• Y02TECHNOLOGIES OR APPLICATIONS FOR MITIGATION OR ADAPTATION AGAINST CLIMATE CHANGE
    • Y02EREDUCTION OF GREENHOUSE GAS [GHG] EMISSIONS, RELATED TO ENERGY GENERATION, TRANSMISSION OR DISTRIBUTION
    • Y02E10/00Energy generation through renewable energy sources
    • Y02E10/50Photovoltaic [PV] energy

Abstract

In the present invention, there is provided semiconductor devices such as a Schottky UV photodetector fabricated on n-type ZnO and MgxZn1-xO epitaxial films. The ZnO and MgxZn1-xO films are grown on R-plane sapphire substrates and the Schottky diodes are fabricated on the ZnO and MgxZn1-xO films using silver and aluminum as Schottky and ohmic contact metals, respectively. The Schottky diodes have circular patterns, where the inner circle is the Schottky contact, and the outside ring is the ohmic contact. Ag Schottky contact patterns are fabricated using standard liftoff techniques, while the Al ohmic contact patterns are formed using wet chemical etching. These detectors show low frequency photoresponsivity, high speed photoresponse, lower leakage current and low noise performance as compared to their photoconductive counterparts. This invention is also applicable to optical modulators, Metal Semiconductor Field Effect Transistors (MESFETs) and more.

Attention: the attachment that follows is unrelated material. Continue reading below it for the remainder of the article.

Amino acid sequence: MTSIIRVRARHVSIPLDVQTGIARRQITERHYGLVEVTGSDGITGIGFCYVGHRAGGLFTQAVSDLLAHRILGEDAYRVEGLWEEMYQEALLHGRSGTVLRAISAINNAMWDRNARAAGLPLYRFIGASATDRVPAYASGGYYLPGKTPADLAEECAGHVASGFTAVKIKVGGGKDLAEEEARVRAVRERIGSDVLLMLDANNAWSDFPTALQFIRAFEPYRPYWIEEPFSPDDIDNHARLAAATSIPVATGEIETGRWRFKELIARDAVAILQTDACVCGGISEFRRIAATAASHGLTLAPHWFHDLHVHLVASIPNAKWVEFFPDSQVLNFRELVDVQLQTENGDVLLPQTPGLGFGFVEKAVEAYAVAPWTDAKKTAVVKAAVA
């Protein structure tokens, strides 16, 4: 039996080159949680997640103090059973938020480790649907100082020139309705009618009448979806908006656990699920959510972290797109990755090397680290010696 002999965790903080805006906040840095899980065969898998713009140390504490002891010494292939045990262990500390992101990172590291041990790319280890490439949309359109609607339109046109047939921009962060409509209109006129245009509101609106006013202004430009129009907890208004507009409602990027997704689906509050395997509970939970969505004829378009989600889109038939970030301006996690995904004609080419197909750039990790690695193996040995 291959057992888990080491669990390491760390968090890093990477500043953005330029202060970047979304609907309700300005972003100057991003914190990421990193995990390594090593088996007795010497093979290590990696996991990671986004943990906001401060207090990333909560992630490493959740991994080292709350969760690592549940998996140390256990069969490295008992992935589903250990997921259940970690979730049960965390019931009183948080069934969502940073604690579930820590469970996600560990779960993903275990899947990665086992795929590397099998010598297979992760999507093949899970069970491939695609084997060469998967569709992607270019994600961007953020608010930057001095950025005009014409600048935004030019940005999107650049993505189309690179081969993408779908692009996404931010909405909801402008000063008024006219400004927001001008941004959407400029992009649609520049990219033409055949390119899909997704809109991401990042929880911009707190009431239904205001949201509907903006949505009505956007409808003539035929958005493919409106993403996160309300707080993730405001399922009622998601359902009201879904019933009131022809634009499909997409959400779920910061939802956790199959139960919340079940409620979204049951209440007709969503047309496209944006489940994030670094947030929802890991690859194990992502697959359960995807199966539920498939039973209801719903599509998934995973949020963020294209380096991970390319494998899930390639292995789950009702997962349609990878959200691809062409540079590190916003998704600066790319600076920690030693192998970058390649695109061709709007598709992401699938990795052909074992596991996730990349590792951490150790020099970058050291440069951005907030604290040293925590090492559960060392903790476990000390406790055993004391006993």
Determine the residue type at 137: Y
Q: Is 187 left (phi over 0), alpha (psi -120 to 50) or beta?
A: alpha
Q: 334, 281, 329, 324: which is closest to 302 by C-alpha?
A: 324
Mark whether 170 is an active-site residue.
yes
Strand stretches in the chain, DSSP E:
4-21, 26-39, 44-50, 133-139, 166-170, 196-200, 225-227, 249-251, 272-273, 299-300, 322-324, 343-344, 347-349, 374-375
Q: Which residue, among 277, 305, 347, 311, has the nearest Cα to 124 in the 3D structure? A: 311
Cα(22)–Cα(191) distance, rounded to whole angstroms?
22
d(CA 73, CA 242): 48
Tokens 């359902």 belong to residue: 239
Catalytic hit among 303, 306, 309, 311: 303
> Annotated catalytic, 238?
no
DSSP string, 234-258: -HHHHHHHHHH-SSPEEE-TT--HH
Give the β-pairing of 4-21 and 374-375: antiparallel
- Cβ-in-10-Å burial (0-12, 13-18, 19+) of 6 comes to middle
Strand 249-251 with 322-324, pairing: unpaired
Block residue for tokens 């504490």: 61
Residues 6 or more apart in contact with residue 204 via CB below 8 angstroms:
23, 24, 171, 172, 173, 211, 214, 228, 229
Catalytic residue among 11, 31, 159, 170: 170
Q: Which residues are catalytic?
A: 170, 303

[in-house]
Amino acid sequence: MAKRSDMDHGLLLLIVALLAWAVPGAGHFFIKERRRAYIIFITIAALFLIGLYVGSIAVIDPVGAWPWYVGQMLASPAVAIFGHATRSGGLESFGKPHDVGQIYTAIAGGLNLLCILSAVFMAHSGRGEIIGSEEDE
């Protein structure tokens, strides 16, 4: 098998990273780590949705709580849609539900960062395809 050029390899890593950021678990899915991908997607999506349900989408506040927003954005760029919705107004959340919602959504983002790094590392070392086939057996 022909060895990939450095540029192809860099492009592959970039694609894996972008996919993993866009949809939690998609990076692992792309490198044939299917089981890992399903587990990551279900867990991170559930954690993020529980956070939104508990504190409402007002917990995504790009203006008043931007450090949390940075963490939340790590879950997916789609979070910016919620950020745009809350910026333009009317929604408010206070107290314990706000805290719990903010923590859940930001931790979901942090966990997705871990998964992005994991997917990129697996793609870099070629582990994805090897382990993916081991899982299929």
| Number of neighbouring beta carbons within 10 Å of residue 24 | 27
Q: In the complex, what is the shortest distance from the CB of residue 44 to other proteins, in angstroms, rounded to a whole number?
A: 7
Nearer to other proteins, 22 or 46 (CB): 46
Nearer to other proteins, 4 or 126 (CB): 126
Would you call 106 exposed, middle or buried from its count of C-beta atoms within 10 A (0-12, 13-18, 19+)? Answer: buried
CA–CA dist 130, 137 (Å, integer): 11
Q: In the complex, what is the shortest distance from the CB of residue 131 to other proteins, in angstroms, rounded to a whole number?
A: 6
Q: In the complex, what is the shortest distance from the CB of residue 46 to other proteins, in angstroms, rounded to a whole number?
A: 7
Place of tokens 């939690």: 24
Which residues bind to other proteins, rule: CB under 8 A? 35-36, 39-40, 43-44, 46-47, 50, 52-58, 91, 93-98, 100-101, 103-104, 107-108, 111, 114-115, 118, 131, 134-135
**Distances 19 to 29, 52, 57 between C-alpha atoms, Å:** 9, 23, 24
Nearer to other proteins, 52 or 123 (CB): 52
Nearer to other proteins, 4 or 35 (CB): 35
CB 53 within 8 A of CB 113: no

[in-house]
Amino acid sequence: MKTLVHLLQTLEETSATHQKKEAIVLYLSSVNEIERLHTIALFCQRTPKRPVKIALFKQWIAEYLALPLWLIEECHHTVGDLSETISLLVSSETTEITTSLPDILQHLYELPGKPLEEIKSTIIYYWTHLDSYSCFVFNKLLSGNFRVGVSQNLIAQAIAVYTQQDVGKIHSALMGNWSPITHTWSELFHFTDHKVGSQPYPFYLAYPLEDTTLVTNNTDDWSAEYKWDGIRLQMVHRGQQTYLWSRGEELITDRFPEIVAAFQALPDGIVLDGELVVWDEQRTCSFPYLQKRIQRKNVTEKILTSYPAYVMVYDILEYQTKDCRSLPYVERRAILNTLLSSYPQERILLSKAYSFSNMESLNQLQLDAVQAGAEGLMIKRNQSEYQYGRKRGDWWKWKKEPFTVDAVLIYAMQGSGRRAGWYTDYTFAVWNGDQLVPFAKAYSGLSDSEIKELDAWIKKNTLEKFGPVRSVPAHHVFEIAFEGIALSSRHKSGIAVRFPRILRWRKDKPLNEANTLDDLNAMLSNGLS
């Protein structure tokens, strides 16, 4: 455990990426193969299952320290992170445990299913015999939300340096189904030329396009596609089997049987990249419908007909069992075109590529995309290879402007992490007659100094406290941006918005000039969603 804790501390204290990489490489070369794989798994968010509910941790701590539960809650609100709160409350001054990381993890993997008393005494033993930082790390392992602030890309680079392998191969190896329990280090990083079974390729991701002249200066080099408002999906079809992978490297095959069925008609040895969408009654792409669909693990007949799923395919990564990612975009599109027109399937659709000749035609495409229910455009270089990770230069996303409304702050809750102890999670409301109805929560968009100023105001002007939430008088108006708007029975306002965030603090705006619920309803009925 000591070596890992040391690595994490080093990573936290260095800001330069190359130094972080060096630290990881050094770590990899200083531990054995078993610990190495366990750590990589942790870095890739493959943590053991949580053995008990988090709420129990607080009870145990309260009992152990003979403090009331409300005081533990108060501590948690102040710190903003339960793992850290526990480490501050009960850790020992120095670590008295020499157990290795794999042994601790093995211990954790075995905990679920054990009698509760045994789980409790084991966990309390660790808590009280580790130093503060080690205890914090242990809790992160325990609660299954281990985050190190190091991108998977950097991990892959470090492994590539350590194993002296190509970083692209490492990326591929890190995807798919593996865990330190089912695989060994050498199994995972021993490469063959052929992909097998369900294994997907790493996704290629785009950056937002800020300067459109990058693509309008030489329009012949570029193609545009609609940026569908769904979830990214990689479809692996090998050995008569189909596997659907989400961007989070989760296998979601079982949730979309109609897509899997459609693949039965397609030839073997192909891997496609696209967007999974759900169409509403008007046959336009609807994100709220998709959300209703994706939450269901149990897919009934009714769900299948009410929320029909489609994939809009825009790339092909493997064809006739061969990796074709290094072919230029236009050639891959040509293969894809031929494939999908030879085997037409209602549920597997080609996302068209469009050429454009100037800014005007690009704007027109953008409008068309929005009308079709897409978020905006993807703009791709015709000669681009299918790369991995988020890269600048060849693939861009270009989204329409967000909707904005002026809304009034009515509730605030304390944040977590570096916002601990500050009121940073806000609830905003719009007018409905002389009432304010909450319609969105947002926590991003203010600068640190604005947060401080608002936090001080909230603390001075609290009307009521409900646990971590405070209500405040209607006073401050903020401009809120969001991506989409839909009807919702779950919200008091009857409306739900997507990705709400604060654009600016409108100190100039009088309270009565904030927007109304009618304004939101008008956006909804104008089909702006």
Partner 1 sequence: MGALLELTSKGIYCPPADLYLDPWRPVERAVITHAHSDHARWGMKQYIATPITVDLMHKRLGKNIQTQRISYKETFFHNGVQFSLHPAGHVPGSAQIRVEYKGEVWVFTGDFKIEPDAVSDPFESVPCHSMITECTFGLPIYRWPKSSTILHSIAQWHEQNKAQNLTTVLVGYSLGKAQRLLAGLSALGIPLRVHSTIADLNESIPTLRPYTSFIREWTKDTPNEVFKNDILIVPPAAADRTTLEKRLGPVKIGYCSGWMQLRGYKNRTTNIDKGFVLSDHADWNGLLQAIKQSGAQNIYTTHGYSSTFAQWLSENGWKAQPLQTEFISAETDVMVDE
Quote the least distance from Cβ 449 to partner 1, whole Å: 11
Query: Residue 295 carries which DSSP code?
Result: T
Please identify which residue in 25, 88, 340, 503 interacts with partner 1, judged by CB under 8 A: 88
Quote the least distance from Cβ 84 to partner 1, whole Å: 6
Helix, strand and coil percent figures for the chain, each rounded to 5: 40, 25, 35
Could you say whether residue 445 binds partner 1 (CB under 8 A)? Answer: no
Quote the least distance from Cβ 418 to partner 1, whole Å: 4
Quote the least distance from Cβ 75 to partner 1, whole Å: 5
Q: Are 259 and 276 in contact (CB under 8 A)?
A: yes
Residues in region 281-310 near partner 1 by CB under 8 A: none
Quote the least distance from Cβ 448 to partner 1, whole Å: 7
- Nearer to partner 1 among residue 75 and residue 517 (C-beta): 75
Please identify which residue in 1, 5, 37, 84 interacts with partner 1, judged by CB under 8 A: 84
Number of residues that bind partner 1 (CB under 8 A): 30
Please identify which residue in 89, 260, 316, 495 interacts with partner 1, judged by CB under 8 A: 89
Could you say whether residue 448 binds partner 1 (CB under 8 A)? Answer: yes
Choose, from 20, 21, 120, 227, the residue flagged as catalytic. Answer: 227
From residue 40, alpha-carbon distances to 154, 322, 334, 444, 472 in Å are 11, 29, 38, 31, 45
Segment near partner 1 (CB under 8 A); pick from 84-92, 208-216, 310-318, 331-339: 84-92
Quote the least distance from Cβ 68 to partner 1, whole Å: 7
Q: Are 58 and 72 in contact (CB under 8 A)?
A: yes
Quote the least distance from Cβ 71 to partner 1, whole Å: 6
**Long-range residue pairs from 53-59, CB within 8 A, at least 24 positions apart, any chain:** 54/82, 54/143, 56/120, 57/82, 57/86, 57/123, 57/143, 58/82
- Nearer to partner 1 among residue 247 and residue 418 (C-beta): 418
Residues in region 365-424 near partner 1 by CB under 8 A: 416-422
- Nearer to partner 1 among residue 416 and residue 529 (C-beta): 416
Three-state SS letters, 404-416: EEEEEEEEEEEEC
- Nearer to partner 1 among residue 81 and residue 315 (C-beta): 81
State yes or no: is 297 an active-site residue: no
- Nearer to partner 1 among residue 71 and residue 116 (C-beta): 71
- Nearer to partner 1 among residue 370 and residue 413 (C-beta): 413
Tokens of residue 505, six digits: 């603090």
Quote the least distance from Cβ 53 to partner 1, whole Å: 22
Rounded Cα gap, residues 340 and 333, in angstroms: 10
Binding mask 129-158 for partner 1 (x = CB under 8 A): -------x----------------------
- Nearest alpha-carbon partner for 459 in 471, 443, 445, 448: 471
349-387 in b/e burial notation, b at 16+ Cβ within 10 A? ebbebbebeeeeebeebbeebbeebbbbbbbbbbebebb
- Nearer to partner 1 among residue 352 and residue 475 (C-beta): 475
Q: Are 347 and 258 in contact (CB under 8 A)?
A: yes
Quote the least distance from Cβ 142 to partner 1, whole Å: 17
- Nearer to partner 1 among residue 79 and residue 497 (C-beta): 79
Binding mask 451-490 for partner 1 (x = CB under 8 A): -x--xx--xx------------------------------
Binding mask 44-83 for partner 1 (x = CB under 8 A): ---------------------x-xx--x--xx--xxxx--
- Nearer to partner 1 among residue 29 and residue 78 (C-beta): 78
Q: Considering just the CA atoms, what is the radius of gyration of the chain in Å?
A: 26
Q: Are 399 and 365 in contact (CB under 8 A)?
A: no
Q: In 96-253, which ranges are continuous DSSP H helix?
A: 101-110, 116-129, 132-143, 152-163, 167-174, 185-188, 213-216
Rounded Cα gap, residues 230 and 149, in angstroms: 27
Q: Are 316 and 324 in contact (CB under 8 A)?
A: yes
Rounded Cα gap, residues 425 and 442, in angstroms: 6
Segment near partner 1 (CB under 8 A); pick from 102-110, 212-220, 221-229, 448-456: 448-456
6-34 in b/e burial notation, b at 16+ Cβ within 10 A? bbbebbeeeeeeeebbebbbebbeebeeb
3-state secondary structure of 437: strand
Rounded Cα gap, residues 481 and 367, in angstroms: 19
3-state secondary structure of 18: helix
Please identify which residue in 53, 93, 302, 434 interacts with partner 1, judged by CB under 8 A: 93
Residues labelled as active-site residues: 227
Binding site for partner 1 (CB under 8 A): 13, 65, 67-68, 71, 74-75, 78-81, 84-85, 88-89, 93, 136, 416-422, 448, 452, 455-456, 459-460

Description

CROSS REFERENCE TO RELATED APPLICATIONS

This application claims priority to Provisional Application Ser. No. 60/344,337 filed on Jan. 4, 2002 and entitled “Surface Acoustic Wave Sensor”.

This invention was made with Government support under Grant Nos. NSFECS-0088549 and NSFCCR-0103096, awarded by the National Science Foundation. Therefore, the United States Government has certain rights in this invention.